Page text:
ARID1A and chromatin remodeling mechanism
The SWItch/Sucrose Non-fermentable (SWI/SNF) was originally identified in saccharomyces cerevisiae in 1984 [4, 5]. The human form of SWI/SNF complex is known as BRG1/BRM associated factor complex (BAF complex) or mammalian SWI/SNF (mSWI/SNF) complex. The subunits of mSWI/SNF complex, which are encoded by 29 genes, are assembled into three distinct complexes: canonical BAF (cBAF), polybromo-associated BAF (PBAF), and non-canonical BAF (ncBAF) . These subunits bind to the distal enhancer regions, promoter regions, and CCCTC-binding factor (CTCF)-binding sites at many genomic loci, facilitating DNA accessibility to various nuclear proteins and their complexes so they can perform their functions. A BAF complex uses an ATPase core to hydrolyze ATP, generating energy to relax heterochromatin (condensed form) into euchromatin (relaxed form) by nucleosome unwrapping, mobilization, and exchanging  (Fig. 1). BAFs also bind to several other nuclear proteins, and these mechanisms collectively enhance the accessibility of nuclear factors for transcriptional activation, DNA duplication, and DNA repair. Conversely, the polycomb repressor complex restores the heterochromatin state after BAF complex disengagement .
AT-rich interaction domain 1A (ARID1A) is one of the chromatin remodeling proteins belonging to the SWI/SNF complex. The cBAF complex contains several subunits within which ARID1A and ARID1B are mutually exclusive (Fig. 1). ARID1A is also known as Brahma-related associated factor 250a (BAF250a), SWI/SNF-related matrix-associated actin-dependent regulators of chromatin factor 1 (SMARCF1), B120, C1orf4, Osa1, or p270 [9, 10]. The gene encoding ARID1A is located on chromosome 1p36.11. ARID1A, a large (250 kDa) nucleocytoplasmic protein, is actively imported from cytoplasm to the nuclear compartment. Nuclear ARID1A is degraded by the ubiquitin–proteasome system but its dynamic import–export across nuclear membrane favors its nuclear accumulation in normal cells as evidenced by its universal expression in nuclei from normal cells . Thus, ARID1A has been reported to directly interact with DNA via its ARID domain using a consensus motif .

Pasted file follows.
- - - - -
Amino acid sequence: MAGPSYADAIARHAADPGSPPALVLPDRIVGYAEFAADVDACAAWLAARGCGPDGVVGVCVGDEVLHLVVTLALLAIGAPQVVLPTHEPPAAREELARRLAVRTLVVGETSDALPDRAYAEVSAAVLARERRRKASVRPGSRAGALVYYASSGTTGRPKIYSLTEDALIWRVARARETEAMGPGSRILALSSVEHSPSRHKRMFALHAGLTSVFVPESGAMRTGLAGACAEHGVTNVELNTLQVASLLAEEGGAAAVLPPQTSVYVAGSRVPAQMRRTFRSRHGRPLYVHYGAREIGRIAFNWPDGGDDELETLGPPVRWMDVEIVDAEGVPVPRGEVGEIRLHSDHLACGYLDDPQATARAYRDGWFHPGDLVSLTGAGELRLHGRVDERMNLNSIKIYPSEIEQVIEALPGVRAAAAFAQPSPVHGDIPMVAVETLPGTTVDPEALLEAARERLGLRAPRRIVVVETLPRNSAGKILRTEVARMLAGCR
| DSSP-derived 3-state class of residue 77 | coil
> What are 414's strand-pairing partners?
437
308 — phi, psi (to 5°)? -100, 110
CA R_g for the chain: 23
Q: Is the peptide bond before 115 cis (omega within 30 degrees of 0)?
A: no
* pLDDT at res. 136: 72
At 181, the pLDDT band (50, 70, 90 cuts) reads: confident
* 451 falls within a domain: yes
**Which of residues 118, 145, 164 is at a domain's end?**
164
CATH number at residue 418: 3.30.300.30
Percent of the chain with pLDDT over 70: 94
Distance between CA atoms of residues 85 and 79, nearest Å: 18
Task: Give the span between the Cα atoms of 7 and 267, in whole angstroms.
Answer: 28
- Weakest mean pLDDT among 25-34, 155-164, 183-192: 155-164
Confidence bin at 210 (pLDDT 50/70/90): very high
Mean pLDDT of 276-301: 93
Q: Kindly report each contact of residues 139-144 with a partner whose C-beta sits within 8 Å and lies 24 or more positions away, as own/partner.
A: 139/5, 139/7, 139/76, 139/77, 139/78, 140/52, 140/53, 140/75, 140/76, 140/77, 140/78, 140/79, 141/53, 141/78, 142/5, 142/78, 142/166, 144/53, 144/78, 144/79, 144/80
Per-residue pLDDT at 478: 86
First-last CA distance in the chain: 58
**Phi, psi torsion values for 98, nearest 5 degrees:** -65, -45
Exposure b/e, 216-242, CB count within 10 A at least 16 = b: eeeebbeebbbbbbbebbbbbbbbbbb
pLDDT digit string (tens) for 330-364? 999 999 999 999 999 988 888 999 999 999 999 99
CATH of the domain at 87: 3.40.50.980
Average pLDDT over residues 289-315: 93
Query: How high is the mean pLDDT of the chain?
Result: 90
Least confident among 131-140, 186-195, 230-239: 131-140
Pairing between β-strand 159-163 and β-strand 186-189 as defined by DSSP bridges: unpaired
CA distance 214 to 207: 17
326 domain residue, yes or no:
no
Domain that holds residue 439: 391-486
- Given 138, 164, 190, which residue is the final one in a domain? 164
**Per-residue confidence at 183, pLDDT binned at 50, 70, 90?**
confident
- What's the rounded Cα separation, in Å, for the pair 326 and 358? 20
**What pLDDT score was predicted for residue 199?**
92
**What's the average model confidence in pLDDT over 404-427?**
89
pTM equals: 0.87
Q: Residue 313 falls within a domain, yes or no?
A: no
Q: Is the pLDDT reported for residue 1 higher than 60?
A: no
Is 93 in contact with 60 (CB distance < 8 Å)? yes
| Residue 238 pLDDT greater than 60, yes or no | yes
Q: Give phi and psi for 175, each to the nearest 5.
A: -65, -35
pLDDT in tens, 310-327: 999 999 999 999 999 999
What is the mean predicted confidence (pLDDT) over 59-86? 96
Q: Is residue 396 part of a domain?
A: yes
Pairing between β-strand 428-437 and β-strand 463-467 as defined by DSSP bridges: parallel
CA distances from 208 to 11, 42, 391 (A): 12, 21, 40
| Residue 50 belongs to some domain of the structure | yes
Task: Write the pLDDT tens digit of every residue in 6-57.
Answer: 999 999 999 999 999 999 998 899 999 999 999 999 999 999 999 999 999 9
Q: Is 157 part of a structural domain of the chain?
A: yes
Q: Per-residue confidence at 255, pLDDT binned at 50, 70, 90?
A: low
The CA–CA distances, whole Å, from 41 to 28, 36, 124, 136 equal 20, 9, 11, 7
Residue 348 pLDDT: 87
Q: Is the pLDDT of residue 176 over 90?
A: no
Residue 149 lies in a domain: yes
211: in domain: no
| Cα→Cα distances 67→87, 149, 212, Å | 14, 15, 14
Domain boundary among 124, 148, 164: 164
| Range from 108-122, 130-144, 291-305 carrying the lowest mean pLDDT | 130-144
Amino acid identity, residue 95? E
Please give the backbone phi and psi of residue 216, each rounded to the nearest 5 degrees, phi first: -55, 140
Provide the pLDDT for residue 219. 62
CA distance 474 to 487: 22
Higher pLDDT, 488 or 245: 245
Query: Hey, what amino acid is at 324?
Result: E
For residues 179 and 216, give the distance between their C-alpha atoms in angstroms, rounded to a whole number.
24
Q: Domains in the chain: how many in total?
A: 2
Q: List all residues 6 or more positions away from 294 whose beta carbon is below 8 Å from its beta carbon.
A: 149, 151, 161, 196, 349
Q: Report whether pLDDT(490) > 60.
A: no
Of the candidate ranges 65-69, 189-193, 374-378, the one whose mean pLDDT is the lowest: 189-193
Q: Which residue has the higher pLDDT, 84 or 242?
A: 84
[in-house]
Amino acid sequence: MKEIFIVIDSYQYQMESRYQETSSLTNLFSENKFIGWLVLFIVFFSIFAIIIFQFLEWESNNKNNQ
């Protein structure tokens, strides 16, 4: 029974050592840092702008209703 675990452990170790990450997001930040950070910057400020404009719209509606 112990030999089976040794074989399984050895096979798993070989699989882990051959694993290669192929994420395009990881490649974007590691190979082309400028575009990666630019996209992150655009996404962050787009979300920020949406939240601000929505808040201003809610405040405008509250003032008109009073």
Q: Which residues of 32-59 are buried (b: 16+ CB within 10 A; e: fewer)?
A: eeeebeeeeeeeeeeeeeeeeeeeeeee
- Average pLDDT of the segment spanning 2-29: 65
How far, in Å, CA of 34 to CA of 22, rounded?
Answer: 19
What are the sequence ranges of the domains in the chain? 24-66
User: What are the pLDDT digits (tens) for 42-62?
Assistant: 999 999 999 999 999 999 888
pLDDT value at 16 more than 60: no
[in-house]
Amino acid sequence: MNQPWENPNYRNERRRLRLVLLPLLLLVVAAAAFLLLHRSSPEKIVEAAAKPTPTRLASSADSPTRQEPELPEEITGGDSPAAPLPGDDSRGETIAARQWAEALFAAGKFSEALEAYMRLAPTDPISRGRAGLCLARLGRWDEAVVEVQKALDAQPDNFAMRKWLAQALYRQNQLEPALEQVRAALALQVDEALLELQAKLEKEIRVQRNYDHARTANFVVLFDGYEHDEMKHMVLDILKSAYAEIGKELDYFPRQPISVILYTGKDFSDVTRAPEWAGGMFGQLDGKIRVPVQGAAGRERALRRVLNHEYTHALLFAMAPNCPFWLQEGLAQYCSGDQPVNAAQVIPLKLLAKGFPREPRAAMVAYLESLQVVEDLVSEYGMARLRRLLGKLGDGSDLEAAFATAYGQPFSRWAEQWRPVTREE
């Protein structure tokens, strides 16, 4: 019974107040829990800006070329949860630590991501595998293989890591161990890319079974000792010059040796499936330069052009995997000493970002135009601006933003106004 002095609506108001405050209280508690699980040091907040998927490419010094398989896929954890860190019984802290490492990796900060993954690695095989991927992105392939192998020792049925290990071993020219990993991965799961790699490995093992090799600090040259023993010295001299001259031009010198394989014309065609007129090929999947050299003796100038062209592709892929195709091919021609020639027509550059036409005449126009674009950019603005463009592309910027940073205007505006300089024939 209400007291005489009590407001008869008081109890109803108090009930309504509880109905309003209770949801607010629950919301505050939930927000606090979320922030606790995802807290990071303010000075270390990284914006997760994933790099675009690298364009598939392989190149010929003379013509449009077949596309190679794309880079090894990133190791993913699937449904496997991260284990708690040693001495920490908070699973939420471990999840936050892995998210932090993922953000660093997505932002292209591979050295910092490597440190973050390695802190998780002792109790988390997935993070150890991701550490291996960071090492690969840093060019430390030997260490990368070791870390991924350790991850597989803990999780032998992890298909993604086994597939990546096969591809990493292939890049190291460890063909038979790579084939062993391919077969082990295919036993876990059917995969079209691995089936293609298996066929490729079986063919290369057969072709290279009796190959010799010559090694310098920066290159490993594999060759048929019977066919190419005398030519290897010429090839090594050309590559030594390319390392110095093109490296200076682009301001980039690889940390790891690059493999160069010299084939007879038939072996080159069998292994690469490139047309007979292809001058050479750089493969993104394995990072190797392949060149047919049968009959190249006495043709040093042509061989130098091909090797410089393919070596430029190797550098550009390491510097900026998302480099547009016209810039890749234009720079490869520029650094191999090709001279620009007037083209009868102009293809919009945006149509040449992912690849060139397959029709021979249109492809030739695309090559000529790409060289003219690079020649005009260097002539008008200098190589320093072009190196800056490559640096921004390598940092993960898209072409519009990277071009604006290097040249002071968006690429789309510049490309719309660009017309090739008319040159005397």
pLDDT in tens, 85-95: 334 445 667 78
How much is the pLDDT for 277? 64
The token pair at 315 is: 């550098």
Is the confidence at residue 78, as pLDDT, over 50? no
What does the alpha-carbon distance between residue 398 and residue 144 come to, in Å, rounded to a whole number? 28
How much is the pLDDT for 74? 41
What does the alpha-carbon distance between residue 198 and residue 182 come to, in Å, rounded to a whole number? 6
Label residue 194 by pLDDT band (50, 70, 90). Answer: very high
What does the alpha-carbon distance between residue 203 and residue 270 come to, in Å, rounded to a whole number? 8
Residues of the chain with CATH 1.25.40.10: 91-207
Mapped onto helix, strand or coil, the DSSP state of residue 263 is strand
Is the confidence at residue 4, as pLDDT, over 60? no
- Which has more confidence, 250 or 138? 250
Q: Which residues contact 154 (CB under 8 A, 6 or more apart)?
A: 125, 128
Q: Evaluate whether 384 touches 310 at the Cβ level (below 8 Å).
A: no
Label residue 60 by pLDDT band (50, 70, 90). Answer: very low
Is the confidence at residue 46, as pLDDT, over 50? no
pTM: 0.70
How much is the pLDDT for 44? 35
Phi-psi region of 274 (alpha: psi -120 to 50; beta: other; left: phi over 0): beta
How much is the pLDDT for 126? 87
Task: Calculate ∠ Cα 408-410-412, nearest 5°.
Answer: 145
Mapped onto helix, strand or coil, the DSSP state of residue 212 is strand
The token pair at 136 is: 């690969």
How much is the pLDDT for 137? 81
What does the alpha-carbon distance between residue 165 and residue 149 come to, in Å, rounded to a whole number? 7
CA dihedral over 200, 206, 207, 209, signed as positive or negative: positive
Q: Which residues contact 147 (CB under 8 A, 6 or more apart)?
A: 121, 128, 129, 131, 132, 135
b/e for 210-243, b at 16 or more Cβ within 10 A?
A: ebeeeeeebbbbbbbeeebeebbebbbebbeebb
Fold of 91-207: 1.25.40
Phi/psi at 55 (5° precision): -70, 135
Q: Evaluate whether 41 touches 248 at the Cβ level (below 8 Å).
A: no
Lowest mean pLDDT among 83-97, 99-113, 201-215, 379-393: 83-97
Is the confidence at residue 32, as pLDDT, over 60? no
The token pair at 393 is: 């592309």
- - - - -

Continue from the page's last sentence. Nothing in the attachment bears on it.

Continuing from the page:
In humans, germline ARID1A mutation has been thought to be a genetic culprit in the Coffin-Siris syndrome, a neurodevelopmental disorder characterized by congenital malformation and developmental delay (OMIM: #614607) . In rodent models, Arid1a transcripts and protein levels are highly increased during all stages of mouse embryonic development and its ablation leads to the loss of pluripotency, self-renewal of mouse embryonic stem (ES) cells, and severe developmental arrest [14, 15].
ARID1A as a tumor suppressor
The discovery of ARID1A as a tumor suppressor gene was made more than a decade ago by two sequencing-based studies. Both studies analyzed whole exomes and global mRNAs in rare subtypes of epithelial ovarian cancer, clear cell carcinoma, and endometrioid carcinoma and identified a high frequency of inactivating mutations occurring diffusely in ARID1A with resultant loss of protein expression, a characteristic of a tumor suppressor. The mutations lead to truncated proteins that are rapidly degraded, and thus, ARID1A is functionally inactivated. Subsequently, inactivating ARID1A mutations have been detected in a wide variety of human cancers, highlighting the epigenomic roles of ARID1A in cancer development [18, 19].